An interesting read and reflection on one mans experience of having a life limiting illness,
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This review is from: When I Die: Lessons from the Death Zone (Kindle Edition)
The book is written by Philip Gould a former political advisor to the labour government, who describes his diagnosis with oesophageal ca and the journey from having a potentially curable disease to being, "in the death zone." His book has fascinating descriptions of his interactions with different health care professionals and his response to their manners and attitudes. He also describes and assess his interactions with the American private healthcare system and the NHS. His response to his own illness is also challenging with regard to both his fears, his perceptions of how he is coping and his strategies for accepting death.
The post scripts to Gould's story provide an alternative interpretation of the process of illness, but should not be read in a public space for fear of tears. In this section daughter describes his final days and his wife her perspective of the journey.
An interesting aspect of this book is the occasional appearance of well known people such as Gordon Brown, Tony Blair and Alistair Campbell. Both Blair and Campbell are portrayed as empathetic sympathetic human beings, not traits I had previously associated with them!
Some excerpts to whet your appetite:
"The scans are not troubling in themselves. What is distressing is the delivery of the test results. It is like receiving an opinion poll on the future of your life."
"There is no easy easy way to do it. Gail and I would inevitably arrive early and wait to see David( the doctor), struggling to hide our anxiety. Absolutely the worst part is the moment of entry into the waiting room. You greet the people there, at the same time examining their faces and body language for hints of their likely prognosis. It all happened so fast, and with a faint sense of unreality, as though in a dream."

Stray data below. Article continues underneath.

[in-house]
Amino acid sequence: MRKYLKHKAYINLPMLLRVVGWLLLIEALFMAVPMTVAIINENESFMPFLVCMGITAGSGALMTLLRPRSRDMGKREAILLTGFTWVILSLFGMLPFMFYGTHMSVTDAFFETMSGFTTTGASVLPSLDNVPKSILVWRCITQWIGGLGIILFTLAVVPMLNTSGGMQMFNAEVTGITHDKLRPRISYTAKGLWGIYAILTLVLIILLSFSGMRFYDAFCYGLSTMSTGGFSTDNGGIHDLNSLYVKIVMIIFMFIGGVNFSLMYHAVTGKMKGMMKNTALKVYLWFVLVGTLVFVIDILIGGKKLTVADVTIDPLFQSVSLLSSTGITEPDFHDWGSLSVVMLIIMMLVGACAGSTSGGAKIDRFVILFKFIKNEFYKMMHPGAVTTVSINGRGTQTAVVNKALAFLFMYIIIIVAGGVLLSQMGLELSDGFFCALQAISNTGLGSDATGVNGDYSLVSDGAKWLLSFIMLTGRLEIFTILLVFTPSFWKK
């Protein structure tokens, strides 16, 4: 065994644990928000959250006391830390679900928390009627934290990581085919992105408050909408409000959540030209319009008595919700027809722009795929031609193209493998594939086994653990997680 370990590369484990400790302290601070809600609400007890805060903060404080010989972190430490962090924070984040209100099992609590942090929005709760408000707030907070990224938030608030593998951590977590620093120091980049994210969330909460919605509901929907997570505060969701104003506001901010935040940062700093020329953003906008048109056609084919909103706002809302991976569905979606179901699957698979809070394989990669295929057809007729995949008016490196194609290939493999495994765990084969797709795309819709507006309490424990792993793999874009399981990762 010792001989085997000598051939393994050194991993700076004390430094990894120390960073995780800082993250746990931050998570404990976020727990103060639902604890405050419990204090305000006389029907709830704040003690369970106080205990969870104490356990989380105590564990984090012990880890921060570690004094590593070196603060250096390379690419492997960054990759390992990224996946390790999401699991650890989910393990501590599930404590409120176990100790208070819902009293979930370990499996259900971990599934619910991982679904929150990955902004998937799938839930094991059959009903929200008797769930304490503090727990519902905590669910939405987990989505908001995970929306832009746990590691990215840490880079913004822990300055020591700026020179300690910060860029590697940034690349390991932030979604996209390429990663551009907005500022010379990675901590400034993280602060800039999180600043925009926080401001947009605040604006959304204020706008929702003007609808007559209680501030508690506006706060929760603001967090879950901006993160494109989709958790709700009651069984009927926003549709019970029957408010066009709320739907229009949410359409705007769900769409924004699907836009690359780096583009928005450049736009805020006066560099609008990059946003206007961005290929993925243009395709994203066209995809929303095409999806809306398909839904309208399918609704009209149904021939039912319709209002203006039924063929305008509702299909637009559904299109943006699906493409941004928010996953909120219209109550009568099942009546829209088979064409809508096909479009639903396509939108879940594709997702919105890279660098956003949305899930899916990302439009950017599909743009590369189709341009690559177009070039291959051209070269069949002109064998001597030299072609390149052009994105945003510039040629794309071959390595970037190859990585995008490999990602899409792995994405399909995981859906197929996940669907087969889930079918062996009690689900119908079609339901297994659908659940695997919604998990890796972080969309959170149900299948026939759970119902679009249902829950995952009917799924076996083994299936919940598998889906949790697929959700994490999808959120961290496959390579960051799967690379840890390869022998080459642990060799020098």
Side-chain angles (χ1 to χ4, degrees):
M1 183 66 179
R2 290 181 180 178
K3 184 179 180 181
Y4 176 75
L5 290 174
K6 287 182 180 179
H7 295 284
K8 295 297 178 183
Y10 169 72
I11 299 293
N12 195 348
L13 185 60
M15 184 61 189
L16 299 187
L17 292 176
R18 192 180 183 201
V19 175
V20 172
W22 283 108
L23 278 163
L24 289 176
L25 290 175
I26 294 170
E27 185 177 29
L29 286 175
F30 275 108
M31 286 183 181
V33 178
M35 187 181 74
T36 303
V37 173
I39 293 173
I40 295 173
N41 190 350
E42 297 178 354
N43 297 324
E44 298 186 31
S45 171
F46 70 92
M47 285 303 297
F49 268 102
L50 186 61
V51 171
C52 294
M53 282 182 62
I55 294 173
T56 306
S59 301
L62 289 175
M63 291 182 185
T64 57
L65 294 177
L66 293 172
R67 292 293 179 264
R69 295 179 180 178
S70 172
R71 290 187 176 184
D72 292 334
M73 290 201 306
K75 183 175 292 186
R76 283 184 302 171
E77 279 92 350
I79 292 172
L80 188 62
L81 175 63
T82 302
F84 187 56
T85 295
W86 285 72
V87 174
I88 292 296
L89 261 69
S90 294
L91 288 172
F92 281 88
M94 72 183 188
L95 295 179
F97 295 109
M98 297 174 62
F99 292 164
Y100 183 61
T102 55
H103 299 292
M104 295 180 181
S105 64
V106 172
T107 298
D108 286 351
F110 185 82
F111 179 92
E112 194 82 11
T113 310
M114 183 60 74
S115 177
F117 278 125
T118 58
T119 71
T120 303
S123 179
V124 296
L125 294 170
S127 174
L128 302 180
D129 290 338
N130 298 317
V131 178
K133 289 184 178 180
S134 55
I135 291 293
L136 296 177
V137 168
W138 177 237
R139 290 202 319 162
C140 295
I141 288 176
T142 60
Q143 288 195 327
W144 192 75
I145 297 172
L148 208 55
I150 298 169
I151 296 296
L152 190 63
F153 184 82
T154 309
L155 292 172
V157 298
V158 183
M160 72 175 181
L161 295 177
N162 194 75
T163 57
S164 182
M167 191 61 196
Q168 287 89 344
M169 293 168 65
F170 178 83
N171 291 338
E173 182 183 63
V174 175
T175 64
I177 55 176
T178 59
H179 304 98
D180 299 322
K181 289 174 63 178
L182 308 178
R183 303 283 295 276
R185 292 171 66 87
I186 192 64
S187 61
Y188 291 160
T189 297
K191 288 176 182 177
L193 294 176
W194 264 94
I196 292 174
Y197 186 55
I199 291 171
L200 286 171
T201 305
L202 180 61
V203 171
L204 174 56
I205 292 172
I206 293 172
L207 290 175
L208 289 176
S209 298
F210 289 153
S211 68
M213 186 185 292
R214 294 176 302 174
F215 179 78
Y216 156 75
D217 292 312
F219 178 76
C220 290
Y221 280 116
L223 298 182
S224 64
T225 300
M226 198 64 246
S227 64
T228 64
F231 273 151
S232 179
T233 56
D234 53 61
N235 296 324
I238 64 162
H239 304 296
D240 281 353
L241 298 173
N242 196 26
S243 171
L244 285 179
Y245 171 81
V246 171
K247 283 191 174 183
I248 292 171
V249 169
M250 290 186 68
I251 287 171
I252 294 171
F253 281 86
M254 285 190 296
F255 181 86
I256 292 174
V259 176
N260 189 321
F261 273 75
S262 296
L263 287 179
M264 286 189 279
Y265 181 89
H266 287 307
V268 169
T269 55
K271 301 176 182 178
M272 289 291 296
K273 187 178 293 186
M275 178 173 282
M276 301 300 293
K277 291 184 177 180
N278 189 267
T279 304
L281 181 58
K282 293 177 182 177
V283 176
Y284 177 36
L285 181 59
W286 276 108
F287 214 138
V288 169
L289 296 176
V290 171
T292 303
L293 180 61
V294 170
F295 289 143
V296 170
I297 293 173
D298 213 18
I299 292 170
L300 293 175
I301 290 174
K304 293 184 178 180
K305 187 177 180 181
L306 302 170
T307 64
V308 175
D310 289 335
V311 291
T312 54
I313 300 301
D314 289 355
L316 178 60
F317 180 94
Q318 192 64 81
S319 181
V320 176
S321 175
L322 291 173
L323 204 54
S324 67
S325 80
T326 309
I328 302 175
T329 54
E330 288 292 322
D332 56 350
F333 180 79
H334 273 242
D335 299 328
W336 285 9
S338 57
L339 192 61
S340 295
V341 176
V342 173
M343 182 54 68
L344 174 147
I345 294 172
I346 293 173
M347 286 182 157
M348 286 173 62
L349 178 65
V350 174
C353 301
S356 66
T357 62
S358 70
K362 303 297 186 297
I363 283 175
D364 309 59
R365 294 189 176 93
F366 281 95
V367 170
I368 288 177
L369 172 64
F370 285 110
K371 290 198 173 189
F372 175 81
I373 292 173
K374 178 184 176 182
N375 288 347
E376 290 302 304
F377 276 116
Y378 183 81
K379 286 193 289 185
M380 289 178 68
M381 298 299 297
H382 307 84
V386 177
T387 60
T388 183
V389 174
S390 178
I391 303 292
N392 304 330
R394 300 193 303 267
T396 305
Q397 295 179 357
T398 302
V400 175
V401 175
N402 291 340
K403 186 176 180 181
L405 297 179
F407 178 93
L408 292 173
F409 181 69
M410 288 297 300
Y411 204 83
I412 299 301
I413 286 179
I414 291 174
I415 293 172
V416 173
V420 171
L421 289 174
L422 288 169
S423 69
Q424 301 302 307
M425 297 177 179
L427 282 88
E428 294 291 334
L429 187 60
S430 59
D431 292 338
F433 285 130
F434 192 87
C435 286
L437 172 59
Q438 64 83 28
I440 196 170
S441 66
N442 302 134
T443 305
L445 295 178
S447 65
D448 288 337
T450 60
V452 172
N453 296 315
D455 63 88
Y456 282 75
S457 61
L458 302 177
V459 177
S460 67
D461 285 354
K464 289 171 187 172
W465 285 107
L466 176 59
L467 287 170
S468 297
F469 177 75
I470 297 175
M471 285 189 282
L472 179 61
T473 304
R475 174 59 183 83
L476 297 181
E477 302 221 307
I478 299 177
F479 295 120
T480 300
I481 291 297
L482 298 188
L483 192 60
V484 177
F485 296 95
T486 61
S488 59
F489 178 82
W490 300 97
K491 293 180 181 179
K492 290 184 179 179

"If the news is good you will usually be told instantly that all is well. Conversely if doctors have bad news for you, they invariably start with some earnest chatter about your condition move on to some spurious evidence of something that has gone well, then announce a huge, "but" that swallows the room. Gail learnt to hate nothing so much as the word, "but"."
"The Doctor reviewed my surgery to his team, going through detail after grisly detail, totally oblivious to the fact that I could hear every word. I had moved in the blink of an eye from being subject to an object."
"Time after time, comments meet my face were flatly contradicted by remarks made just seconds later when I appeared to be asleep. One moment a nurse told me I could have as much pain relief as I wanted, but the 2nd my eyes were shut he turned to his companion and said, "He's obviously neurotic about pain, and the more pain relief he gets the more he'll want.""
"Completely true, of course. Pain was an issue for me, certainly. I felt low-level pain almost continuously and acute pain quite often, and I hated it. I learnt the disabling power of pain how hard it is to cope with, how undermining it can be."
A reflection by Gould's wife:
"Most hospitals, including the Marsden, have excellent palliative care units which deal expertly with pain control and the symptoms of the dying, but until you are on the horizon it is a hit and miss affair."